Neuropsychopharmacology: official publication of the American College of Neuropsychopharmacology 08/2013; 39(2). DOI:10.1038/npp.2013.214 · 7.83 Impact Factor
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    ABSTRACT: Synaptic plasticity induced by cocaine and other drugs underlies addiction. Here we elucidate molecular events at synapses that cause this plasticity and the resulting behavioral response to cocaine in mice. In response to D1-dopamine-receptor signaling that is induced by drug administration, the glutamate-receptor protein metabotropic glutamate receptor 5 (mGluR5) is phosphorylated by microtubule-associated protein kinase (MAPK), which we show potentiates Pin1-mediated prolyl-isomerization of mGluR5 in instances where the product of an activity-dependent gene, Homer1a, is present to enable Pin1-mGluR5 interaction. These biochemical events potentiate N-methyl-D-aspartate receptor (NMDAR)-mediated currents that underlie synaptic plasticity and cocaine-evoked motor sensitization as tested in mice with relevant mutations. The findings elucidate how a coincidence of signals from the nucleus and the synapse can render mGluR5 accessible to activation with consequences for drug-induced dopamine responses and point to depotentiation at corticostriatal synapses as a possible therapeutic target for treating addiction.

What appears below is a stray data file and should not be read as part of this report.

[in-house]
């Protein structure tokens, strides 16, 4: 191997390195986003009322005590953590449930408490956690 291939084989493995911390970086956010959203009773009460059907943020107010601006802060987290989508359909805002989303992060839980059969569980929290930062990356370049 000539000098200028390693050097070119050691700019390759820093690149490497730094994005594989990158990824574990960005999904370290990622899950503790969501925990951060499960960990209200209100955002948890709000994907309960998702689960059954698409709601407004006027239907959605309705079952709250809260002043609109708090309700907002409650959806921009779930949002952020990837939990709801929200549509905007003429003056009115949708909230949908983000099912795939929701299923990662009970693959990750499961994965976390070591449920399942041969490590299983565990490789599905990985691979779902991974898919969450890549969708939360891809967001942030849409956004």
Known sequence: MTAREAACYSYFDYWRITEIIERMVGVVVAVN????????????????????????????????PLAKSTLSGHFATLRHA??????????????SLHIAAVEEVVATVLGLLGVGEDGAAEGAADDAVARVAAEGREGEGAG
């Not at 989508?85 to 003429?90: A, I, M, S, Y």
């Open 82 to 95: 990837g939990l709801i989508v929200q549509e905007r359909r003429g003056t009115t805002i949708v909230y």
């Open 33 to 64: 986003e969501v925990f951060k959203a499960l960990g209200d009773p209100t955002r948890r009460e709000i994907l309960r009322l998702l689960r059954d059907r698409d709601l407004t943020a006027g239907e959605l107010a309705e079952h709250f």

Cell 08/2013; 154(3):637-50. DOI:10.1016/j.cell.2013.07.001 · 33.12 Impact Factor
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    ABSTRACT: The immediate early gene neuronal activity-regulated pentraxin (NARP) is an α-amino-3-hydroxy-5-methyl-4-isoxazolepropionic acid receptor (AMPAR) binding protein that is specifically enriched at excitatory synapses onto fast-spiking parvalbumin-positive interneurons (FS [PV] INs). Here, we show that transgenic deletion of NARP decreases the number of excitatory synaptic inputs onto FS (PV) INs and reduces net excitatory synaptic drive onto FS (PV) INs. Accordingly, the visual cortex of NARP(-/-) mice is hyperexcitable and unable to express ocular dominance plasticity, although many aspects of visual function are unimpaired. Importantly, the number and strength of inhibitory synaptic contacts from FS (PV) INs onto principle neurons in the visual cortex is normal in NARP(-/-) mice, and enhancement of this output recovers the expression of experience-dependent synaptic plasticity. Thus the recruitment of inhibition from FS (PV) INs plays a central role in enabling the critical period for ocular dominance plasticity.